By Joseph K. Doss

The bottled water industry has experienced increased demand for many years and 2006 was no exception. According to recent statistics released by Beverage Marketing Corporation, US bottled water sales and consumption continued to climb in 2006, as consumers increasingly chose bottled water over other beverages.

In fact, total bottled water volume exceeded 8.25 billion gallons, a 9.5 percent increase over 2005 and the 2006 per capita consumption level of 27.6 gallons increased by over two gallons, from 25.4 gallons per capita the previous year. Additionally, wholesale dollar sales for bottled water exceeded $10.8 billion in 2006, an 8.5 percent increase over the $10 billion in 2005.

The on-the-go PET segment comprised over half of the total bottled water volume in 2006. Even though much of the growth in the industry was from the PET individual serving size, the HOD market continued to grow, albeit at a slower pace, as volume increased by 0.2 percent (1.3 billion gallons).

Federal regulations
Though these statistics demonstrate continued consumer demand and appreciation for the convenience, safety, quality and good taste of bottled water, challenges to the industry are on the rise. The results from the 2006 federal and state elections are just beginning to be felt and there could be some serious impacts on the industry. During its first ‘100 hours’ in session, the US House of Representatives passed several bills important to the bottled water industry.

HR 700, The Healthy Communities Water Supply Act of 2007 passed by a vote of 368-59. The bill authorizes $125 million under the Clean Water Act for US Environmental Protection Agency (US EPA) grants to fund projects that increase usable water supply by encouraging innovation in water reclamation, reuse and conservation. An amendment made by Rep. Dennis Kucinich (D-OH) prohibits an entity that permits the use of its water for retail sale of water in containers of 5.7 gallons (20 liters) or less from receiving grants. It should also be noted that Rep. Kucinich has taken a stance that is decidedly unfavorable to the bottled water industry. In keeping with this stance, he recently pledged to investigate New Hampshire’s policy that allows the issuance of bottled water permits.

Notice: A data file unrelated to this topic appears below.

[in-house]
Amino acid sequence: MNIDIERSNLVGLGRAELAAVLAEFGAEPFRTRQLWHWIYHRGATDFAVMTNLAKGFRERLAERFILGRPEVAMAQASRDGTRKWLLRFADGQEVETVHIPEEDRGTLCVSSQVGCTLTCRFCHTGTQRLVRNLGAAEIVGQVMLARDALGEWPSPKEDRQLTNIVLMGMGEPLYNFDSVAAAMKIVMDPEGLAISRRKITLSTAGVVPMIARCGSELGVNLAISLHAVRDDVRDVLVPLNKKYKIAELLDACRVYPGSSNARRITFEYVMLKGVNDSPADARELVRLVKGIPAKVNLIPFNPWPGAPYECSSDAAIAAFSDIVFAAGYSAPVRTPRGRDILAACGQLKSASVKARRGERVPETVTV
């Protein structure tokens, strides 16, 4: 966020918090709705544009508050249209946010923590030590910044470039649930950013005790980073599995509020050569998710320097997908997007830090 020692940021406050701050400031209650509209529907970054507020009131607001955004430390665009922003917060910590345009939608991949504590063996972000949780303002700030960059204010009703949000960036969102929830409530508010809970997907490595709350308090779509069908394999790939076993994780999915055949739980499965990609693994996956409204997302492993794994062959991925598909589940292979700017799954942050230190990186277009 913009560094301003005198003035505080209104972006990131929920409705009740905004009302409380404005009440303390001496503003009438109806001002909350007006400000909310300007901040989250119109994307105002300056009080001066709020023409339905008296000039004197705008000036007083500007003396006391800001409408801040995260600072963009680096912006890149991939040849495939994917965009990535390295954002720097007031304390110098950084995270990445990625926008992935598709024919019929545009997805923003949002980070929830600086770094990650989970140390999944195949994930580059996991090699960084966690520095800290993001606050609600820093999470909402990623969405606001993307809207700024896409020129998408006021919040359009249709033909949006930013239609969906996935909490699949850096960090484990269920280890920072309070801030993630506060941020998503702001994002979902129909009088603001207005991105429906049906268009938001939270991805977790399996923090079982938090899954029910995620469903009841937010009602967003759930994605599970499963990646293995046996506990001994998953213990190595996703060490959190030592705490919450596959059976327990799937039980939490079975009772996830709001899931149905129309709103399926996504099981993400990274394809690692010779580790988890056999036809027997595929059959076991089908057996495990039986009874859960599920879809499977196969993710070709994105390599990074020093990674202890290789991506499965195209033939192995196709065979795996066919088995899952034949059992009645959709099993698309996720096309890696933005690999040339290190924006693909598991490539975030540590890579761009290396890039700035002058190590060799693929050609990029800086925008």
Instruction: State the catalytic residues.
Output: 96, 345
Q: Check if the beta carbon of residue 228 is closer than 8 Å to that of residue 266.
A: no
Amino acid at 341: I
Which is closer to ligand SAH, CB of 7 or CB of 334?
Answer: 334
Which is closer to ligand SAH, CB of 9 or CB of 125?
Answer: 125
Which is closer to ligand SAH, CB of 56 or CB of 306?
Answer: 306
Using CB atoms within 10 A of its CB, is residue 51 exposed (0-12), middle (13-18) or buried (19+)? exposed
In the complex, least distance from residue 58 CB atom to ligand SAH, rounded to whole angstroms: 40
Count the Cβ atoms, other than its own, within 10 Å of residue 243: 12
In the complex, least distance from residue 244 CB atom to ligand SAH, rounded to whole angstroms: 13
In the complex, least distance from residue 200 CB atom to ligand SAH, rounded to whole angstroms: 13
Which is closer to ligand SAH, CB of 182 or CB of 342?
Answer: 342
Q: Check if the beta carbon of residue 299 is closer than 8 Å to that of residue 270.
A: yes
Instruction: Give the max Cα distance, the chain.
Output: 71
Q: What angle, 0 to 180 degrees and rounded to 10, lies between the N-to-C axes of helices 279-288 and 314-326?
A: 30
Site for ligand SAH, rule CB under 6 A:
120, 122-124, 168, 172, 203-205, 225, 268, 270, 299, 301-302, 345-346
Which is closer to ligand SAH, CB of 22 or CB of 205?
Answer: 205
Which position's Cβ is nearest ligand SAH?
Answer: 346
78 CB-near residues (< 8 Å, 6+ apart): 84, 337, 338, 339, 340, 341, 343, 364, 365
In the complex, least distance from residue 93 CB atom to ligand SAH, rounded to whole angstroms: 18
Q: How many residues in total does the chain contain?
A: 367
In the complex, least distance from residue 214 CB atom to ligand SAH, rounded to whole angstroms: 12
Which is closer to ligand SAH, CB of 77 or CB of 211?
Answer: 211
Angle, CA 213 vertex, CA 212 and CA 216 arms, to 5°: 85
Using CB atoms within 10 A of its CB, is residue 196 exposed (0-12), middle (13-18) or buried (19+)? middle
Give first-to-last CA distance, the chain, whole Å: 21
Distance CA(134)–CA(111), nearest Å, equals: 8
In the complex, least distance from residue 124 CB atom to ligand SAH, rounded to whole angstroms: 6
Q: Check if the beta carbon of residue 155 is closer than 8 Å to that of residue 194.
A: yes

The House also passed a minimum wage increase to $5.85 an hour, beginning on the 60th day after enactment. It then increases to $6.55 an hour, beginning 12 months after that 60th day and proceeds to $7.25 an hour beginning 24 months after that 60th day. The Senate version of the bill also passed. It includes a provision to provide tax relief to small business and provide funding for wastewater treatment. The House and Senate will negotiate the size of the tax relief to be included in the minimum wage bill that will be sent to the President.

IBWA expects the Senate’s Environment and Public Works Committee to be more active. Committee Chairwoman Senator Barbara Boxer (D-CA) introduced legislation directing US EPA to establish a maximum contaminant level (MCL) for perchlorate. Additional legislation likely to be considered by that committee includes establishment of a Clean Water Trust Fund for water infrastructure improvements, re-authorization of the Water Resources Development Act and other water resource legislation. In the past, bottled water and other beverage taxes have been targeted as funding measures for these initiatives.

IBWA has developed a technical/regulatory proposal and sent it to the US Food and Drug Administration (FDA) for application of measures in the bottled water industry that are intended to provide equal protection of public health when compared to US EPA’s Ground Water Rule, which calls for a risk-based approach to identify groundwater susceptible to fecal contamination and requires monitoring and taking corrective action which may include treatment, when necessary. IBWA’s proposal calls for amendment of FDA’s standard of quality and GMP regulations, including new requirements for microbiological monitoring and a standard of quality for E. coli.

IBWA is working with the US Department of Homeland Security’s (DHS) Food and Agriculture Sector Coordinating Council to identify and implement security procedures that will keep the bottled water industry safe. To do this, IBWA is part of a panel of food industry representatives that review FDA and USDA Sector Specific Plans. IBWA is promoting the development of Continuity of Operations Plans (COOPs) and food defense plans by bottled water industry members.

In addition, IBWA started discussions with the Federal Emergency Management Agency (FEMA) to coordinate future responses to natural and man-made disasters. To help facilitate this discussion, IBWA arranged for FEMA to make presentations at state and regional meetings in hurricane-prone regions within the US. IBWA will continue its work with FEMA to accomplish its goal of building a system that will allow a public and private industry response system to meet the challenges posed by unforeseen disasters in the future.